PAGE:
I can’t think of a better Durian Homestay than one that includes no-spray durian!
The Seng Thong was definitely my favorite.
Yala Durian Seng Thong
This durian’s name means “conch shell,” referring to the circular way the dense, moist, cookie-dough-like flesh wraps around a tiny seed. The durians are small, but surprisingly thick flesh and a little seed stuck in the middle.
This durian was surprisingly filling, but with its flavor like brown sugar cookies right out of the oven, with that special melted-sugar bakery aroma with a little hint of rum, this duiran will definitely be a highlight of 2023.
Staying at Durian Garden Home
Because we booked late, and then decided to extend our stay, we ended up playing Musical Rooms and got the opportunity to stay in a few of the cabins.
The view is amazing in all of them.
If I had to choose, though, I would choose this corner room because it has the best view from inside the room.
In this room, you can lie on the bed and just chill while watching the clouds float by, or wake up early to watch the sunrise over the sea of mist from the coziness of the covers.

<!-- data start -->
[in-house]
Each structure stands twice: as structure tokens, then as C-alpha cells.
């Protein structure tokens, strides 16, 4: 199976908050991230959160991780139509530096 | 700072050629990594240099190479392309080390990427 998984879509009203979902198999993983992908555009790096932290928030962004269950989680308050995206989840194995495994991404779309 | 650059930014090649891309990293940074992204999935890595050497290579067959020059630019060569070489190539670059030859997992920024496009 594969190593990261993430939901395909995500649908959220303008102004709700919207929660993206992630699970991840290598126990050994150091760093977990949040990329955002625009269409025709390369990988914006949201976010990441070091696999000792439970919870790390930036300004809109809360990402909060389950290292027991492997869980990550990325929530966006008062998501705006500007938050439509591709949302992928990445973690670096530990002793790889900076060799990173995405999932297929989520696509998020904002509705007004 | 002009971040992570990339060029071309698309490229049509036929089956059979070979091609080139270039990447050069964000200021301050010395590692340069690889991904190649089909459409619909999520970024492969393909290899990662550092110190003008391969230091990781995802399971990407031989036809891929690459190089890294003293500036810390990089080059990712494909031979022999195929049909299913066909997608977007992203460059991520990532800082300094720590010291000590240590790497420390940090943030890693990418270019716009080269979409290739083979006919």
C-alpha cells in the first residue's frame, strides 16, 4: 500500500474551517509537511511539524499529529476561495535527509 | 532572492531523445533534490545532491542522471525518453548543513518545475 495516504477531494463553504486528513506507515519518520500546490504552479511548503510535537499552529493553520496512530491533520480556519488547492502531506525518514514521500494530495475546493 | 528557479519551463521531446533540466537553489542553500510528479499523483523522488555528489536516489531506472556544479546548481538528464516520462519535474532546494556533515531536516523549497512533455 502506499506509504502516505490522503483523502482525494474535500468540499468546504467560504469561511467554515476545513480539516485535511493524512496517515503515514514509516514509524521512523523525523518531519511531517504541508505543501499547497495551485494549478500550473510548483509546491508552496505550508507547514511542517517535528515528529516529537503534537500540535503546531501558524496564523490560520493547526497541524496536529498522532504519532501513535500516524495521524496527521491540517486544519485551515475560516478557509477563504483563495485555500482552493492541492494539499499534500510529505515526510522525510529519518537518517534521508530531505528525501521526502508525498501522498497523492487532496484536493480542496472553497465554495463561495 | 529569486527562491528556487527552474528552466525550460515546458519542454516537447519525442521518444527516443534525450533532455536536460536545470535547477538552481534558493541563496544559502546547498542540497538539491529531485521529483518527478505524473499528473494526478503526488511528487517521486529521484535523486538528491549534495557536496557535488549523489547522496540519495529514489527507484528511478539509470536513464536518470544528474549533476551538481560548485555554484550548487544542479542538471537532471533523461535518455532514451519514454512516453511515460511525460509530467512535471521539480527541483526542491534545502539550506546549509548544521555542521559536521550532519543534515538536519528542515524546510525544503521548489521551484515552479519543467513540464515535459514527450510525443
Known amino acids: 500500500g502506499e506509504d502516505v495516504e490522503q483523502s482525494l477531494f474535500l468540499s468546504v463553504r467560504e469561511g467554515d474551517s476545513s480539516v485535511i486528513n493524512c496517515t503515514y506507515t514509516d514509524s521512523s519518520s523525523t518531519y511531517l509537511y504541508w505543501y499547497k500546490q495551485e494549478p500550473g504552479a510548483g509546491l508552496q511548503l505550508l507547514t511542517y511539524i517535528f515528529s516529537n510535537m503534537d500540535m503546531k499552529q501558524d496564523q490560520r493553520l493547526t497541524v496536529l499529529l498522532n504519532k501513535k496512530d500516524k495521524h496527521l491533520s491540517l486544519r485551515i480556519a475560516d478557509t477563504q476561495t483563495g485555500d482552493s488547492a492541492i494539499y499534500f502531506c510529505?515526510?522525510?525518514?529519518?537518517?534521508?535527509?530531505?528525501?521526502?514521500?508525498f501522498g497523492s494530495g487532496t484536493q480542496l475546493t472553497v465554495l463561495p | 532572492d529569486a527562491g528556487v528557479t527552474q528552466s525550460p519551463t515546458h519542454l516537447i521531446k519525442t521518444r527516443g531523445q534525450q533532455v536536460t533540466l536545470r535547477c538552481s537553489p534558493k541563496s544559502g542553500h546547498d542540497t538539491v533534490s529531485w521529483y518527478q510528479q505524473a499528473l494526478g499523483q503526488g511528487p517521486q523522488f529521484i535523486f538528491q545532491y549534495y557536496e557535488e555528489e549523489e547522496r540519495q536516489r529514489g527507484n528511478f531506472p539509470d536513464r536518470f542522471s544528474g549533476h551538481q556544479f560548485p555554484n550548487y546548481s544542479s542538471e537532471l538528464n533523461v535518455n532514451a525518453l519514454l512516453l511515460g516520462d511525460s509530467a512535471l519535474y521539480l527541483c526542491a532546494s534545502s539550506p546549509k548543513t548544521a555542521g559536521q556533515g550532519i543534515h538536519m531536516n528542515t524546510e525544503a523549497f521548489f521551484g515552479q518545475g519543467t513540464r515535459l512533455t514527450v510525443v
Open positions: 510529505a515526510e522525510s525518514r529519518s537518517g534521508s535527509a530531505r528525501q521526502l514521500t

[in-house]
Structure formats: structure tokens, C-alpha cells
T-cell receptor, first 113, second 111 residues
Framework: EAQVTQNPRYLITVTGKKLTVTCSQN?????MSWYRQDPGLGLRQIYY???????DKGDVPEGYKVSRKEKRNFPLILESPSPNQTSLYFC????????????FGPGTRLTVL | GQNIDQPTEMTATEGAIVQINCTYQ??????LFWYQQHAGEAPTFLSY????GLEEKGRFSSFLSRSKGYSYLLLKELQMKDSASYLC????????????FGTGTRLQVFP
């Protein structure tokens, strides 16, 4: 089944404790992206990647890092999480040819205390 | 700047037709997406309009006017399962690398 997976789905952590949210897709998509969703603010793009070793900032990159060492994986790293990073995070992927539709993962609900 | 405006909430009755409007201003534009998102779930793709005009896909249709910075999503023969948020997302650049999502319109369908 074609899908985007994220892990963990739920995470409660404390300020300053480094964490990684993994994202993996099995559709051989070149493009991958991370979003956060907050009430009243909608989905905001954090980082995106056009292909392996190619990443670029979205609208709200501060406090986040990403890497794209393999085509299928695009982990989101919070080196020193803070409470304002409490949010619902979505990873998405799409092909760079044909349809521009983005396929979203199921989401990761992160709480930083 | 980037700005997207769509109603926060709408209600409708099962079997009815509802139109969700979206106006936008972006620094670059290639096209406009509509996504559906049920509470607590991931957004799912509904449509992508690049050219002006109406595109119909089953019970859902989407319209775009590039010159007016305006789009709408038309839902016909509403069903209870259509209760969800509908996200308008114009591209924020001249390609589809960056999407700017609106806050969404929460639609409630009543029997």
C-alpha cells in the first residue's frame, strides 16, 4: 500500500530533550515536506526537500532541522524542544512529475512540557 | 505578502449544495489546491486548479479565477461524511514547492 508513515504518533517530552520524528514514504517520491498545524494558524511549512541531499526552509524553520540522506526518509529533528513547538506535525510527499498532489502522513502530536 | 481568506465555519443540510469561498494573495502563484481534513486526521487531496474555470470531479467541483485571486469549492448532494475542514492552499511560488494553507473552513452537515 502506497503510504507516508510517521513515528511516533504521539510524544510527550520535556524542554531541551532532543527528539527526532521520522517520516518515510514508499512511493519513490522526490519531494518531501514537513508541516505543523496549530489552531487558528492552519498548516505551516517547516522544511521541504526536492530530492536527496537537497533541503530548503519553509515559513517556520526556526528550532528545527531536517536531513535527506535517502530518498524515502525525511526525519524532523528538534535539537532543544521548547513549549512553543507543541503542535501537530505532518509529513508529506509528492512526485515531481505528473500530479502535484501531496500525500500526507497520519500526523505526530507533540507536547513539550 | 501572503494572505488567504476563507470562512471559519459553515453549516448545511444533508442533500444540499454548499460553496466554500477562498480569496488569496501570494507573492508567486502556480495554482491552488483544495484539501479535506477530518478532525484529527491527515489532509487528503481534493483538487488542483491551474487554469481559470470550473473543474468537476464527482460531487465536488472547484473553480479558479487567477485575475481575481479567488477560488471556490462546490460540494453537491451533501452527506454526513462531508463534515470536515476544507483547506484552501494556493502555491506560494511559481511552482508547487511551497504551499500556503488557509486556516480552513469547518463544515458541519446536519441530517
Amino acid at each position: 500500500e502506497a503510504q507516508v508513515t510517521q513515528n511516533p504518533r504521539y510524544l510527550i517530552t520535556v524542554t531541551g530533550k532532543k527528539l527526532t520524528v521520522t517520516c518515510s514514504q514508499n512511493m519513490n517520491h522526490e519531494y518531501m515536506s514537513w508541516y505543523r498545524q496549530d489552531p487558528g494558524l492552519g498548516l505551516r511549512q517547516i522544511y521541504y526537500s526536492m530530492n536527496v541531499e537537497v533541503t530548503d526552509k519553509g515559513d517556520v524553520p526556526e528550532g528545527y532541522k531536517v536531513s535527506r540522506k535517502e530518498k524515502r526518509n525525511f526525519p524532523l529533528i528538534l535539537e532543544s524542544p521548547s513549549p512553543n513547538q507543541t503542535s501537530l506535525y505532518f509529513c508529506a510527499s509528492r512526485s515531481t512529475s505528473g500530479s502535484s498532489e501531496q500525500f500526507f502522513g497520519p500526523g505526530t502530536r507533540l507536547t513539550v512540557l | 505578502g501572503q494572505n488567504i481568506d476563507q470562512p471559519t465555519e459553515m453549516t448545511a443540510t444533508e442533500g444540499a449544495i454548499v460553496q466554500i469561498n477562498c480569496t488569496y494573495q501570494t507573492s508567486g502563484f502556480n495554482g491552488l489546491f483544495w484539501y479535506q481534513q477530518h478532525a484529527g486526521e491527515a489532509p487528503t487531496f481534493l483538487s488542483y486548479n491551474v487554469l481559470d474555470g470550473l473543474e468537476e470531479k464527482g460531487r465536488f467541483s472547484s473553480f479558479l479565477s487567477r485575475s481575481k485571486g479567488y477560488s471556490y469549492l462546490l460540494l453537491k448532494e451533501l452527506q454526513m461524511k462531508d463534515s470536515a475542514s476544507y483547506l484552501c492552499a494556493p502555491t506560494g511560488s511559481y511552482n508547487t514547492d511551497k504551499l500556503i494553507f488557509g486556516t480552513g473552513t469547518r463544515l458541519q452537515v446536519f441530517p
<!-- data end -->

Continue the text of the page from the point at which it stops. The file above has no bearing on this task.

The other rooms had a similar view that was only visible from the private patios, so you have to actually get out of bed to enjoy it.
As of 2023, room prices vary from 700-1200 baht per room, but it’s best to check directly with them for current prices.
How to get to Durian Garden Home
Durian Garden Home is located 6km or a 15 minute drive from the main north-south road from Betong to Yala Town. To get there, you’ll cross this narrow bridge over one of the fingers of the Bang Lang Dam lake, then wind your way up and up to the ridge where Durian Garden Home has views over the lake.
Despite their remote location, Durian Garden Home is very very popular and was almost fully booked every night we were there. Make sure to book early via their Facebook or WhatsApp.